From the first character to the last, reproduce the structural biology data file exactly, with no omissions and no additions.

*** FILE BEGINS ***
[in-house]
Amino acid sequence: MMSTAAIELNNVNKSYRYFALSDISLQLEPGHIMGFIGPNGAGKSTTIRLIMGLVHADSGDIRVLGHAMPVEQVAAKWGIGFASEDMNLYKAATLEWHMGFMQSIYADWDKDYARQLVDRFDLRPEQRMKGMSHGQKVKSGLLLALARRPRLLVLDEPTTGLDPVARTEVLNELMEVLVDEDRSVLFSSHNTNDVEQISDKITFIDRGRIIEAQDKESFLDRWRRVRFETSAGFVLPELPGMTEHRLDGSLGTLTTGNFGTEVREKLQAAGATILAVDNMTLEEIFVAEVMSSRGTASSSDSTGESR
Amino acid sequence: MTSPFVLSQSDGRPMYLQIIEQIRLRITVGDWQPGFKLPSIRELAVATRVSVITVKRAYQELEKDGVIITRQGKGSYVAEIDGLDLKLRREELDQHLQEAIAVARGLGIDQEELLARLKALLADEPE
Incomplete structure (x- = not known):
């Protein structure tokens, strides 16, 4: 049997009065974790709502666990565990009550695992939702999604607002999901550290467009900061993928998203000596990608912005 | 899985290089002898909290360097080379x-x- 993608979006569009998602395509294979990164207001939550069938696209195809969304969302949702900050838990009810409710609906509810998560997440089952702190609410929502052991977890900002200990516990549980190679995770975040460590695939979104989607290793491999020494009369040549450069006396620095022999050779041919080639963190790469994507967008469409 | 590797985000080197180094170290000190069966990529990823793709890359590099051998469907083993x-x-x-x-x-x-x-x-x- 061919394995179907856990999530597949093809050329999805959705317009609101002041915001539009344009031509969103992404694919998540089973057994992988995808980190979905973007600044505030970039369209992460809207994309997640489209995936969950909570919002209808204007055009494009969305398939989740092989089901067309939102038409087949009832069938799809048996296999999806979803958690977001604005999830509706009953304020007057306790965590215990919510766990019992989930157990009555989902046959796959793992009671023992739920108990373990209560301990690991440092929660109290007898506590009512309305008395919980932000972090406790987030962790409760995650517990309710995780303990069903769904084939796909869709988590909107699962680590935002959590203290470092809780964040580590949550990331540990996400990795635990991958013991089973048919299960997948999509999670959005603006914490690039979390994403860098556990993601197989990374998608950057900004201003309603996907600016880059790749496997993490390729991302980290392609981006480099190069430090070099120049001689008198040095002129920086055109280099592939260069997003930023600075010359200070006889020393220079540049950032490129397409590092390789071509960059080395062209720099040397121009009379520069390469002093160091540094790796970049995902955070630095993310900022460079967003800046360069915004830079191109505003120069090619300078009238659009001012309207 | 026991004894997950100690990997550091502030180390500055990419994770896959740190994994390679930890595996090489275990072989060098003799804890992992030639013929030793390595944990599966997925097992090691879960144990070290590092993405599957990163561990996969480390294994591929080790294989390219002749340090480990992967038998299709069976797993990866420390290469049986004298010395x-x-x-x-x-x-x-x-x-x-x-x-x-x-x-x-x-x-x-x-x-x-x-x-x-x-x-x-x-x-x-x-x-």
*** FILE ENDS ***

[in-house]
Amino acid sequence: MMSTAAIELNNVNKSYRYFALSDISLQLEPGHIMGFIGPNGAGKSTTIRLIMGLVHADSGDIRVLGHAMPVEQVAAKWGIGFASEDMNLYKAATLEWHMGFMQSIYADWDKDYARQLVDRFDLRPEQRMKGMSHGQKVKSGLLLALARRPRLLVLDEPTTGLDPVARTEVLNELMEVLVDEDRSVLFSSHNTNDVEQISDKITFIDRGRIIEAQDKESFLDRWRRVRFETSAGFVLPELPGMTEHRLDGSLGTLTTGNFGTEVREKLQAAGATILAVDNMTLEEIFVAEVMSSRGTASSSDSTGESR
Amino acid sequence: MTSPFVLSQSDGRPMYLQIIEQIRLRITVGDWQPGFKLPSIRELAVATRVSVITVKRAYQELEKDGVIITRQGKGSYVAEIDGLDLKLRREELDQHLQEAIAVARGLGIDQEELLARLKALLADEPE
Incomplete structure (x- = not known):
């Protein structure tokens, strides 16, 4: 049997009065974790709502666990565990009550695992939702999604607002999901550290467009900061993928998203000596990608912005 | 899985290089002898909290360097080379x-x- 993608979006569009998602395509294979990164207001939550069938696209195809969304969302949702900050838990009810409710609906509810998560997440089952702190609410929502052991977890900002200990516990549980190679995770975040460590695939979104989607290793491999020494009369040549450069006396620095022999050779041919080639963190790469994507967008469409 | 590797985000080197180094170290000190069966990529990823793709890359590099051998469907083993x-x-x-x-x-x-x-x-x- 061919394995179907856990999530597949093809050329999805959705317009609101002041915001539009344009031509969103992404694919998540089973057994992988995808980190979905973007600044505030970039369209992460809207994309997640489209995936969950909570919002209808204007055009494009969305398939989740092989089901067309939102038409087949009832069938799809048996296999999806979803958690977001604005999830509706009953304020007057306790965590215990919510766990019992989930157990009555989902046959796959793992009671023992739920108990373990209560301990690991440092929660109290007898506590009512309305008395919980932000972090406790987030962790409760995650517990309710995780303990069903769904084939796909869709988590909107699962680590935002959590203290470092809780964040580590949550990331540990996400990795635990991958013991089973048919299960997948999509999670959005603006914490690039979390994403860098556990993601197989990374998608950057900004201003309603996907600016880059790749496997993490390729991302980290392609981006480099190069430090070099120049001689008198040095002129920086055109280099592939260069997003930023600075010359200070006889020393220079540049950032490129397409590092390789071509960059080395062209720099040397121009009379520069390469002093160091540094790796970049995902955070630095993310900022460079967003800046360069915004830079191109505003120069090619300078009238659009001012309207 | 026991004894997950100690990997550091502030180390500055990419994770896959740190994994390679930890595996090489275990072989060098003799804890992992030639013929030793390595944990599966997925097992090691879960144990070290590092993405599957990163561990996969480390294994591929080790294989390219002749340090480990992967038998299709069976797993990866420390290469049986004298010395x-x-x-x-x-x-x-x-x-x-x-x-x-x-x-x-x-x-x-x-x-x-x-x-x-x-x-x-x-x-x-x-x-």